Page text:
I just arrived so have nothing wise to say except Kisumu on a Sunday afternoon is QUIET. But the hotel has surprise wireless Internet....a first for me in Kenya so far.

Kisumu's chief claim to fame is that it was almost strangled by a voracious explosion of water hyacinth in the 1990s. The alien invader hobbled shipping and nearly killed the local fishing industry, laying Kisumu low. Apparently they've beaten it back (how and with what I don't know..will have to investigate) but like all kinds of third-tier places, it now seems to have its hopes set on bigger and better.

I'm here for one night on my way to Kericho, Kenya's tea capital and home to the Kenya division of the U.S. Military HIV Research Program. They've been involved in vaccine studies, and were getting ready to participate in the PAVE program that the NIH just formally stopped.

We'll see what they say!

Thursday, July 17, 2008

Ok I admit it




I’m not exactly “roughing it”. But wait (I swear) there’s a reason!

I’m now in Shella, a village on Kenya’s Lamu Island. It is hardly undiscovered – the construction/reconstruction around here is amazing. That is all thanks to Lamu’s reputation as a get-away-from-it-all destination for various jet set stragglers (bonjour, Princess Caroline).

This is, of course, Kenyan winter and therefore off season, so no ramshackle Royalty to be seen. But the weather is great and Lamu is a spectacular place, enough to have been named as one of the U.N. World Heritage Sites – if you give that any credence given the politics involved there.

Lamu’s claim to fame is that it is the best-preserved Swahili town left standing, better and more authentic (so the experts tell us) than Zanzibar’s Stone Town. It’s a medieval agglomeration of squat buildings built out of stone and coral, all facing an estuary that gives out to the sea. The waterfront has a few Victorian-era monoliths – the District Commissioner’s Office, the Museum – but behind that the streets quickly shrink into a dark, confusing rabbit warren of alleyways and bypasses. None is wider than 8 feet, so cars are out – the only mode of transport on Lamu is the donkey, which are here in abundance. Local mahouts jockey them around, sweet-eyed beasts that let out the most heart-rending bleats at all hours (I know…they woke me up last night).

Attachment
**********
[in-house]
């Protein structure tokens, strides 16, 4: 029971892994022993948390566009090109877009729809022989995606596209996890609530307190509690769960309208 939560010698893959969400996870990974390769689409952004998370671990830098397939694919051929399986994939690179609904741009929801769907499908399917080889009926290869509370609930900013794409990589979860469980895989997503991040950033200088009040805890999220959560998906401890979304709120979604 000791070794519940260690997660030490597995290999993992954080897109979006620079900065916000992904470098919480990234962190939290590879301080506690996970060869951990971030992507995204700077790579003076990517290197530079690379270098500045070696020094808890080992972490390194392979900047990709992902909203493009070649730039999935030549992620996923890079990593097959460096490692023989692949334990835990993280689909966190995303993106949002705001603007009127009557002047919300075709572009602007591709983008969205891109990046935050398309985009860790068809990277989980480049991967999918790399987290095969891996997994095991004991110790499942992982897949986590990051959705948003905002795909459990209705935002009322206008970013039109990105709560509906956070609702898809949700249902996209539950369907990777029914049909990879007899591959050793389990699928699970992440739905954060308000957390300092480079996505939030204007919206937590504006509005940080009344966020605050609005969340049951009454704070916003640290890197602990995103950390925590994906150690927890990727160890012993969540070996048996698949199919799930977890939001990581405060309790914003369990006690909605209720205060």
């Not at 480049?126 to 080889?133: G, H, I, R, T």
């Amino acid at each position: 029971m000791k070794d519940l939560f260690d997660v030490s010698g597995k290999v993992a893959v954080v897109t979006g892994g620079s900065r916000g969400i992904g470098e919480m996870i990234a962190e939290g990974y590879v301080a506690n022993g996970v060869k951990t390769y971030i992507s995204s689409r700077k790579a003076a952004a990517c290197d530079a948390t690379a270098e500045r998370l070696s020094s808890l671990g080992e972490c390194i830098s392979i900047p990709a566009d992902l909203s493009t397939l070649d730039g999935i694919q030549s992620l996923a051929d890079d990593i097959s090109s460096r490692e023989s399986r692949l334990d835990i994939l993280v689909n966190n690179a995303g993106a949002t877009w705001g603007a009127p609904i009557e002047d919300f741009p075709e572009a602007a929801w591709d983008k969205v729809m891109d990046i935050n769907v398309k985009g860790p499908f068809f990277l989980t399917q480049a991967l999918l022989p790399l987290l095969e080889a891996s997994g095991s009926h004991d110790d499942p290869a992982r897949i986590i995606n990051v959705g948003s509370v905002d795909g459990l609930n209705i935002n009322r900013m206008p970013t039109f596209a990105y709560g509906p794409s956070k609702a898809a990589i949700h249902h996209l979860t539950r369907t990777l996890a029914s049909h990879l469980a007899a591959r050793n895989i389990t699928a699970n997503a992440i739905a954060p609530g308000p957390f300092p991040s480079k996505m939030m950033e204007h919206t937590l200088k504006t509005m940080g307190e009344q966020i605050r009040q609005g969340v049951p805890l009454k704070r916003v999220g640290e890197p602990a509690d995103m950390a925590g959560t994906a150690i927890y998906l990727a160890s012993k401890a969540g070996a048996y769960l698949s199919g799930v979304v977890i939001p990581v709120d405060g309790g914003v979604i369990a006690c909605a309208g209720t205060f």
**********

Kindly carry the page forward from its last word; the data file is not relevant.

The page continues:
The Muslim heritage is strong here – many of the women are veiled, and alcohol is verboten except for a few, touristy places. But on the whole it is extremely relaxed and friendly. Everyone, and I mean everyone, pipes up with a friendly “Jambo!” (hello!) on the walkways, which can be exhausting.

My excuse for being here is twofold. The KEMRI malaria people in Kilifi could only see me last week, and the U.S. Military HIV programme in Kericho was only free next week.

Voila, a few days to spare.

It also dovetails with an ongoing interest of mine, which is the triangular relationship between the Sultans of Zanzibar (the source of Swahili culture), Kaiser Wilhelm’s Germany and late Victorian England in the latter 1800s. It’s colonialism with a capital “K” – the Zanzibari rulers were Arabs from Oman and the African population suffered from all hands. Still, it’s a fascinating glimpse of one of the early encounters between Africa, the “Muslim World” and modern Europe.

More about that, if I ever get my act together, later.

Meanwhile, back on Lamu, everything is pretty good. Shella has one world-class hotel – the Peponi, frequented by the above mentioned royals, clapped out rock stars and site of the only decent Internet connection, from which I will post this– but also a lot of very nicely set-up B&Bs. I’m staying in one (thanks Andy Meldrum!) called Banana House, run by a Dutch woman named Monika and her Lamu husband, who goes by the name of Banana.

Monika is a yoga master, and I hear her doing athletic yoga breathing just as the sun rises. She’s also a specialist in the “Art of Living” (apparently a recognized qualification?) so we’ve got a Wellness Center attached to the hotel. I slept through the yoga class this afternoon – too much sun and heavy thinking – but will be bending my heart out tomorrow, I promise.